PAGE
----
Bitcoin Satoshi’s Vision (BSV) was created out of the hard fork of Bitcoin Cash (BCH) in mid-November of 2018. The impetus for the fork was that a segment of the BCH ecosystem wanted to increase the block size and make it faster, as well as limit potential smart contract features. This could allow individuals and companies to come on board and use the ecosystem to perform their business. BSV could be used as a source of microtransactions on the blockchain because of its supposed superior scaling, and also as a source of smart contracts between firms.
As with all blockchain technology, though, the problem has been scaling. Every transaction taking place on the blockchain needs to be independently verified by each member in the standard proof of work format, and the first company to speed up the process would effectively gather first mover status.
So in early June, when the BSV blockchain processed two of its largest data transactions ever, at 5.8MB and 9.74MB, respectively, Taal Distributed Information Technologies (TAAL.C) saw the potential demand growth and market engagement opportunities for large data transactions. To meet this demand, the company increased their blockchain support by increasing the data size of transactions that Taal clients could send instantly via their application programming interface (API). Single transactions can scale with business and enterprise adoption and demand, which support Taal’s five year plan of onboard companies to take advantage of this change.
“We’re seeing a growing demand from businesses looking to process large transactions, and we’ve taken steps to meet that demand by increasing our ability to handle higher volumes of data. Previously, transaction scale was limited by the amount of data that single transactions could hold. Now, Taal can compete and outperform networks while maintaining cost-effective economies of scale for our clients,” said Jerry D. Chan, CEO of Taal.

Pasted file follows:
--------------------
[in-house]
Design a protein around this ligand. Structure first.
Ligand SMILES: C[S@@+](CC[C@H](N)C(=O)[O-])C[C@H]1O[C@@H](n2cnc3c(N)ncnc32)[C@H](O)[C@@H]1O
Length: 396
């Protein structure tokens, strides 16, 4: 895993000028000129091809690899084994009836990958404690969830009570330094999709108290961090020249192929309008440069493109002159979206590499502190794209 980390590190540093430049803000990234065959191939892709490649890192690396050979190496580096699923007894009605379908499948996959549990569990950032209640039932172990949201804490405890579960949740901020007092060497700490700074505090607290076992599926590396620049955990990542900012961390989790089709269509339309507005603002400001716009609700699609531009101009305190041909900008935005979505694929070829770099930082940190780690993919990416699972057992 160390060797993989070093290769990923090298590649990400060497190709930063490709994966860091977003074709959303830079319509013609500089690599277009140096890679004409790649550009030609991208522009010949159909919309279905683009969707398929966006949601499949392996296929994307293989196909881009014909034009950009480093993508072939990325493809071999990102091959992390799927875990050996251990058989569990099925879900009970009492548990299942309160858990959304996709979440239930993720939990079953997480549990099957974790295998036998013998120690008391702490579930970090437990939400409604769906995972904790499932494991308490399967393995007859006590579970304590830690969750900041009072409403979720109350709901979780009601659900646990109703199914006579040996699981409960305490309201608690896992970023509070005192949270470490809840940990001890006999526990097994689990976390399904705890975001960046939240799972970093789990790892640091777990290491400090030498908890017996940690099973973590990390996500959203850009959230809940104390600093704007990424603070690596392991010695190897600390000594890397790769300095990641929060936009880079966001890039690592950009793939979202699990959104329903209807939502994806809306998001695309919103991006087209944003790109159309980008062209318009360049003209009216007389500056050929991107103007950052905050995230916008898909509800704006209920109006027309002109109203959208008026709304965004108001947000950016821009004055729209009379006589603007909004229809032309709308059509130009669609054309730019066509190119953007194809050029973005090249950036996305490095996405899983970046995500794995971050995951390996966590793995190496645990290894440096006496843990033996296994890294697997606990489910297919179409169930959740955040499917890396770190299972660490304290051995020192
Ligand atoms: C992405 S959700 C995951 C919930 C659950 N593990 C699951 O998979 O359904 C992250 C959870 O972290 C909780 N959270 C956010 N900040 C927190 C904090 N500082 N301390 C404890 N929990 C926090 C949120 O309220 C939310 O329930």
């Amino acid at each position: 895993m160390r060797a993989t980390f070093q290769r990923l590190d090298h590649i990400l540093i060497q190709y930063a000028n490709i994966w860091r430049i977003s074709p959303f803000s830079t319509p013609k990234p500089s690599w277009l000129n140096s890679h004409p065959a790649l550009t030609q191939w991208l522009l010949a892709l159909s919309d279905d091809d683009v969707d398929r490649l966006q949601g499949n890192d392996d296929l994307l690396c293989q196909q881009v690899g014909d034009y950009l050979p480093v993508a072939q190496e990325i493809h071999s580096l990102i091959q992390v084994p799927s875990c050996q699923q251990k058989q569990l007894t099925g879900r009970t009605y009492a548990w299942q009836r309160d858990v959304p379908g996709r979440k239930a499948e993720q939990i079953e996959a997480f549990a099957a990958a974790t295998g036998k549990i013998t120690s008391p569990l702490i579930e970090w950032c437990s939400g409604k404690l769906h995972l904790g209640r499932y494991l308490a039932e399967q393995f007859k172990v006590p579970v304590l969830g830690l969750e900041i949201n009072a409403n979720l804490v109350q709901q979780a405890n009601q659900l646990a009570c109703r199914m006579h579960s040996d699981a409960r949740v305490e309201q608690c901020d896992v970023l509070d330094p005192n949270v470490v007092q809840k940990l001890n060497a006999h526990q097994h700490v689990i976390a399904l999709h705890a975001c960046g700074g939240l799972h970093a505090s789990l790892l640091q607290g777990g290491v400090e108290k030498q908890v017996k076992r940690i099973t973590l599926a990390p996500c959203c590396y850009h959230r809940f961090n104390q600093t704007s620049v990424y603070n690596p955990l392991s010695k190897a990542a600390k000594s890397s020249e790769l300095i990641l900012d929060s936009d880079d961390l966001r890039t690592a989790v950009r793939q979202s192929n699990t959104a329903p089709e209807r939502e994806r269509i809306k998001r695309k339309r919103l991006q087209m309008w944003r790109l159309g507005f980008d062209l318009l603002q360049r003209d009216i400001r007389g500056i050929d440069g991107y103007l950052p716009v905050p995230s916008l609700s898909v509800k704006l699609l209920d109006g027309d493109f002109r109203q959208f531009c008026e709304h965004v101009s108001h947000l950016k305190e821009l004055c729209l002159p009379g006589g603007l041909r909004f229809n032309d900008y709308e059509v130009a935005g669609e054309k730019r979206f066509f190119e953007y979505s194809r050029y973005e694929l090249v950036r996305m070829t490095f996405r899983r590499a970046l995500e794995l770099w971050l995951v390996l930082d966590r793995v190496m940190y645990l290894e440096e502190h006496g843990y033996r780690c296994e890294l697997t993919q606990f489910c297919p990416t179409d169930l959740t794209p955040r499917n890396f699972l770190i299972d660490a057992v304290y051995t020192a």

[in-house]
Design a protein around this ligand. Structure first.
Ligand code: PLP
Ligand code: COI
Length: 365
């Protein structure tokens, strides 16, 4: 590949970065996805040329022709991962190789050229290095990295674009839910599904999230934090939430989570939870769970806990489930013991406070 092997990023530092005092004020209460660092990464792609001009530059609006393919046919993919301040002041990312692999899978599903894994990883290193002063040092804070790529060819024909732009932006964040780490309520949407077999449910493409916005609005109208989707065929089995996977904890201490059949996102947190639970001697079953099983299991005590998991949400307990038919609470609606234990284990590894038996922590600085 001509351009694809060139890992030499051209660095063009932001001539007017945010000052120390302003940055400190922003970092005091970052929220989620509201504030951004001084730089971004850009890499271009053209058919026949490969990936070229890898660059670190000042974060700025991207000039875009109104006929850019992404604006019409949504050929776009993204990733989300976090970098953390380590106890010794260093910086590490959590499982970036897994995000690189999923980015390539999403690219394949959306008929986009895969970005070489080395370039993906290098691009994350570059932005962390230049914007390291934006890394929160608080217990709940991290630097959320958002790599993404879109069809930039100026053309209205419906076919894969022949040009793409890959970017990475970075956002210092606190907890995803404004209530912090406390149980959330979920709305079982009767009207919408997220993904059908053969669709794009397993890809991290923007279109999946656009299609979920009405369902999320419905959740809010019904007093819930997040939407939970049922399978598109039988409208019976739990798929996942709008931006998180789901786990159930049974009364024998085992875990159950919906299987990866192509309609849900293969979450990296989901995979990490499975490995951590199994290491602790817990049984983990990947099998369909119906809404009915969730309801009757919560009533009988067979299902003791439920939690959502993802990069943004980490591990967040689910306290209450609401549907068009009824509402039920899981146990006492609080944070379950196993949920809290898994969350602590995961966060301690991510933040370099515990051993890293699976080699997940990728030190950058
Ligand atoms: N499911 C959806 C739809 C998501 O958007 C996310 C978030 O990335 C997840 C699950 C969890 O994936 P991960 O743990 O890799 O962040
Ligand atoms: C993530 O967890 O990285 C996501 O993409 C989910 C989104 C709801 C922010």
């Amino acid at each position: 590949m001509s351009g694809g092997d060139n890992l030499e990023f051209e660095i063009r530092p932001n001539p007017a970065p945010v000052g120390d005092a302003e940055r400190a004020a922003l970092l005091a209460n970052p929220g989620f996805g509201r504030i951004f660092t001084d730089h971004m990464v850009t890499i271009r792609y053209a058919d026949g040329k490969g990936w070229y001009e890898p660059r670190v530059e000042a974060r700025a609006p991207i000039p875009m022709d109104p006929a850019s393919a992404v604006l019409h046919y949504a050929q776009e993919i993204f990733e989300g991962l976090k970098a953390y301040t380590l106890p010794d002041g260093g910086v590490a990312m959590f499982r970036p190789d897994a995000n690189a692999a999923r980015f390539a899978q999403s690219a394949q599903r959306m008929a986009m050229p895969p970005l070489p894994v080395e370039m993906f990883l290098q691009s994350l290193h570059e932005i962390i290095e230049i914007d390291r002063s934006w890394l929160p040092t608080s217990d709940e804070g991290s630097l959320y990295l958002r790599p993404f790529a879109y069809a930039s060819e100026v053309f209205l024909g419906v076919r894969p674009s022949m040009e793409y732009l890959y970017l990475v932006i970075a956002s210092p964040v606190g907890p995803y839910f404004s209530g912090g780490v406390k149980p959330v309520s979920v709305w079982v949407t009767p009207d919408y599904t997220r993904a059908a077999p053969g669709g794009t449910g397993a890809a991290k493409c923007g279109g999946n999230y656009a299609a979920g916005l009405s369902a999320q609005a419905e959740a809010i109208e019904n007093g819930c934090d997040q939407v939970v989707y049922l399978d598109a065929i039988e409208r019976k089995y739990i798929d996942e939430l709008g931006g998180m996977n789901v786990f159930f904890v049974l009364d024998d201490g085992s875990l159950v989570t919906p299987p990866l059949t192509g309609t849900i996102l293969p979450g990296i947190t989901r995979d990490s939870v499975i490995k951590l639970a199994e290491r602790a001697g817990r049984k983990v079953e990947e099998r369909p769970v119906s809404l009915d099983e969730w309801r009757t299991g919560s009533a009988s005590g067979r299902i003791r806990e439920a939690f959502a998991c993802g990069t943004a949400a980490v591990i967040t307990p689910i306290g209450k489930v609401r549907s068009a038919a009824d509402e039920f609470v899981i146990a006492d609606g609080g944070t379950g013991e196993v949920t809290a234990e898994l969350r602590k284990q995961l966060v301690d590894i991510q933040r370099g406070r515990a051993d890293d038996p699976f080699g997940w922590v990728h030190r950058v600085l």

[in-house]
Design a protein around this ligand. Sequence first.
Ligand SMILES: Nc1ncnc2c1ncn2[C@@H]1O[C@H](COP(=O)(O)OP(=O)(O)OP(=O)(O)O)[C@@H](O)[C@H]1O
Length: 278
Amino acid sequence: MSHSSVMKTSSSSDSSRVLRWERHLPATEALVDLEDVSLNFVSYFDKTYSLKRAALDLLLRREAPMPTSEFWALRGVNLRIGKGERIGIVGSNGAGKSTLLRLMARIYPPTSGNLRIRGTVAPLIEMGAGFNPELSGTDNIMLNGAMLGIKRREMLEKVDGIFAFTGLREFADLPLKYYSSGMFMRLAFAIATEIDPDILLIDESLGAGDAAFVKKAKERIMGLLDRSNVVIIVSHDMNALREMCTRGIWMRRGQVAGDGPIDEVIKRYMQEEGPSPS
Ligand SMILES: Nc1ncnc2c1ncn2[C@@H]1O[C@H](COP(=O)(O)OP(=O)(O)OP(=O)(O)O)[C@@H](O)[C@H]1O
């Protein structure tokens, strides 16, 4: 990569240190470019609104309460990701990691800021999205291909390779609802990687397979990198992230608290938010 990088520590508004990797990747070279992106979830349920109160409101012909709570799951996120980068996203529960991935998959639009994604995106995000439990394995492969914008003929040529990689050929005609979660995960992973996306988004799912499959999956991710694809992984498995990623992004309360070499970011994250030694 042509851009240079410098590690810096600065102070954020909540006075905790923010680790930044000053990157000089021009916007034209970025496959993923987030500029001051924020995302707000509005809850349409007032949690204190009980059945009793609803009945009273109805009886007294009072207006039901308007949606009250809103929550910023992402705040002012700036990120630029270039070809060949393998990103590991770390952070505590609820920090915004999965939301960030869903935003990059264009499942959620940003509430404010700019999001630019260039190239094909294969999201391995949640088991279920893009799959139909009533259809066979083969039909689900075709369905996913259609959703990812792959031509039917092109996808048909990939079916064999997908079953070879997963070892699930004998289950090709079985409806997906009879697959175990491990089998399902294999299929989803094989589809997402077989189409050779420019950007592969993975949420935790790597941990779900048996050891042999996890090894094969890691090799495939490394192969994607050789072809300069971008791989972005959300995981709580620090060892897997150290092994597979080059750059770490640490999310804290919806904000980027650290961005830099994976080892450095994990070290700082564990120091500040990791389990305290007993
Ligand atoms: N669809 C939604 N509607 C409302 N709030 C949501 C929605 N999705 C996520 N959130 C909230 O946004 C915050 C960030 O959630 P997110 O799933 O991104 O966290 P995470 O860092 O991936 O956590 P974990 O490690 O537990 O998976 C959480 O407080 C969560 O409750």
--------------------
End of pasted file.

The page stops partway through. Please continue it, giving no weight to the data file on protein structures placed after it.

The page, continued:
Taal themselves processed and confirmed a 309MB block containing 1.1 million transactions on May 12, 2020. Then on May 16th, they did it again, pushing through a 369MB block with 1.3 million transactions. Processing and confirming these blocks showed Taal’s infrastructure and the BSV blockchain can handle the large numbers of transactions in single blocks, which represent the equivalent of approximately 2,150 transactions per second.
Before this, we have the average blockchain (okay, we’re talking about Bitcoin here) offering transaction speeds of 3.3 to 7 transactions to seven, so jacking up into the thousands is a considerable development, but let’s be clear about something—this is a development and not a game-changer. BSV isn’t going to be disrupting Visa and Mastercard’s hegemony over transaction speed anytime soon. Blockchain in general still has a long way to go to get caught up to Visa’s 65,000 transactions per second. The fabulous superbly scaling fintech companies have been trying to unload onto the market isn’t quite so fabulous or superbly scaling. At least not yet.
But fintech isn’t everything and there are plenty of opportunities unlocked by this development.
Taal’s upgrade to 10MB for individual transactions promotes new blockchain-base data processing, storage and retrieval solutions to be developed on BSV. The transaction size upgrade goes towards Taal’s focus on producing value-added blockchain services. High volumes of data in the form of transactions can be processed and guaranteed through service level agreements, but also with scaleability with fewer limitations and restrictions. The company is investing in infrastructure on the BSV blockchain as it’s the only public blockchain platform that scales enough to allow enterprise applications development.